I’m not doing Facebook ads or anything fancy to get people onto the mailing list. I’m just putting a notice in the back of the new books that says if readers sign up, they’ll get a free short story that takes place between Books 1 and 2 in the series. They’ll also eventually get a prequel novella — I’d originally intended to make that the giveaway item from the start, but I didn’t get it written in time. So, they’ll get two goodies if they stick around!

Accept That Your Also-Boughts Might Be a Problem and Advertise to Get Around It

A lot of time when we switch genres, we worry that our current readers won’t follow us over. Believe it or not, you might have an easier time if they don’t, or at least if they don’t right away.

When you launch a new book, you want to sell enough copies that it starts appearing in the also-boughts of similar books in that genre. This is a big part of how discoverability works on Amazon. Ideally, I want my science fiction series to show up in the also-boughts of similar SF books.

But here’s what’s going to happen: it’s going to show up in the also-boughts for books for my other series. My other fantasy series. If Amazon emails readers about the new science fiction release, it’s going to end up going out to fantasy fans.

This is one of the reasons a pen name can actually make a lot of sense. You can always tell your current readers about the new books after the also-boughts have been established.

I’m not worrying too much about this (I think a lot of my existing readers will enjoy this series if they give it a try, so I’ve been telling them about it all along) because I honestly don’t have high expectations for this series, insofar as getting sales right out the door goes. I don’t think it’s written to market (hitting the popular tropes) enough that it has a chance of sticking in the SF rankings for months and months. As is often the case for me (when I say often I mean always), stories come to mind, and I get excited about writing them, and I don’t think much about marketing until after the books are done. All that said, I am trying to give it a good shot to do well.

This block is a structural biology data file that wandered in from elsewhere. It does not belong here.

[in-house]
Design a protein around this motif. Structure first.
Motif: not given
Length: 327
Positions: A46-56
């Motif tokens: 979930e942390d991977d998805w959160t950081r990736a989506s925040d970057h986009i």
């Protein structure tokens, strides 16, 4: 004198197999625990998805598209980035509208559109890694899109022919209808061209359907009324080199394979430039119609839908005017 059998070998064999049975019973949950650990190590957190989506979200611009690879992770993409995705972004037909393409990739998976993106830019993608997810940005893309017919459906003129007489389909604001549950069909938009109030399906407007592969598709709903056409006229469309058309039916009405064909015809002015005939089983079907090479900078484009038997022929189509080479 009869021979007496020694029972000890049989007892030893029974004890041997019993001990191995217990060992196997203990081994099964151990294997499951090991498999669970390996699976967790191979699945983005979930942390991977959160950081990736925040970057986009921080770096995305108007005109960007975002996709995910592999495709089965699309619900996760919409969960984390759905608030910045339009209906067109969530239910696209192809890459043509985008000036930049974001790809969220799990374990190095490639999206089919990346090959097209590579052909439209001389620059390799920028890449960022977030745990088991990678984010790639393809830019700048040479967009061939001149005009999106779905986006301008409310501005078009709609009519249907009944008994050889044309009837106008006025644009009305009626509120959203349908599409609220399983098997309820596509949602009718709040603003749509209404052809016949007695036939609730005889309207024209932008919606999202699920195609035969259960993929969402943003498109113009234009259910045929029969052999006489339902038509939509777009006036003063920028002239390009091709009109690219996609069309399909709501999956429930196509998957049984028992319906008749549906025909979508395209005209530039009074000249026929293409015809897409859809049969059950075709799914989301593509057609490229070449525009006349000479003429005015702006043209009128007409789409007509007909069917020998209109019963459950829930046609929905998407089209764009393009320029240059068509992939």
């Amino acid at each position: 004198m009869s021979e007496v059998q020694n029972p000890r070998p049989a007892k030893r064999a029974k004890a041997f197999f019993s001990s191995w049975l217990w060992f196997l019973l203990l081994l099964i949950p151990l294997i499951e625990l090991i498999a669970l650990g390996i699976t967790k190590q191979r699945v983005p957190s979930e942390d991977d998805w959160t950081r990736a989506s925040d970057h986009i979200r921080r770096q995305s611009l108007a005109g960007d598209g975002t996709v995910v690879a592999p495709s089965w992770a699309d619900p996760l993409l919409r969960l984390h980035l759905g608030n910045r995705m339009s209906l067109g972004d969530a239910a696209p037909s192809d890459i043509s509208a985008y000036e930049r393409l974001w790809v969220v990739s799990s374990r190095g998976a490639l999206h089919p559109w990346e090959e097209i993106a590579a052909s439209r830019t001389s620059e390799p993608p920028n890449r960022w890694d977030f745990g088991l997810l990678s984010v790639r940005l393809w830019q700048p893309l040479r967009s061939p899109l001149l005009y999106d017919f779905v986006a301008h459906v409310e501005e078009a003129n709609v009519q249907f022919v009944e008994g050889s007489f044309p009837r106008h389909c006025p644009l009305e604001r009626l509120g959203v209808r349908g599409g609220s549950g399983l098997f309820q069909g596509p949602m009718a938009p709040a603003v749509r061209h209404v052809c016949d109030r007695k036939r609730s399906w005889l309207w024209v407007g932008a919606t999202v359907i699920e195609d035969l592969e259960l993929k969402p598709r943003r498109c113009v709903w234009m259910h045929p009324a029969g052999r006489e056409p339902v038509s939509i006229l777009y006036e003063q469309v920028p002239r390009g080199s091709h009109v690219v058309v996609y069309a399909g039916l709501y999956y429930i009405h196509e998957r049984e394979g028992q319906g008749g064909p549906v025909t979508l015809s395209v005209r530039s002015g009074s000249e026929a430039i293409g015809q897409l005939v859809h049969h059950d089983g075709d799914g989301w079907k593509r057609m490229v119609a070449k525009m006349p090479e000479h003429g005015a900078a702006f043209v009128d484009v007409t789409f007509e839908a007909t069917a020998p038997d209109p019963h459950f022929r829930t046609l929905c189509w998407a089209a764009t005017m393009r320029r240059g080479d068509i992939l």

If you’ve written something to market in your new genre, and think it has a shot at sticking on Amazon, you may want to try and snag some ads for that first week or two that it’s out. This could help you with getting onto the right kinds of also-boughts, those of other books in your new genre. I’m going to try a few ads myself.

Some of the sponsorship sites, which have predominantly run bargain books with lots of reviews in the past, are now accepting new releases. I have ads lined up with Ereader News Today, Fussy Librarian, and Free Kindle Books and Tips for the new Book 1. I may tinker a bit with Facebook ads, too, though I’m not a pro with them and usually just throw money away there.

Look for Promotional Opportunities with Other Authors Working in the Genre

People are still using mutli-author boxed sets and multi-author anthologies as a way for exposure. If you put a Book 1 into a boxed set, some of the readers may go on to buy your other books, and because numerous authors are promoting the set or anthology, it should get more exposure than it would if you were just promoting your own stuff.

This can be particularly powerful if you don’t already have a fan base in the new genre. Just as I a wrote a short story for my mailing list, I also wrote a short story for an anthology that’s coming out next month. It’s going to be a permafree anthology, so we should get lots of people trying it, and many of the other authors already have science fiction books out and lists of fans who enjoy the genre. I’m hoping that some of their readers will like my story and will want to go on and check out the series. (My story takes place between Books 2 and 3 in my series, but I designed it to work as a stand-alone.)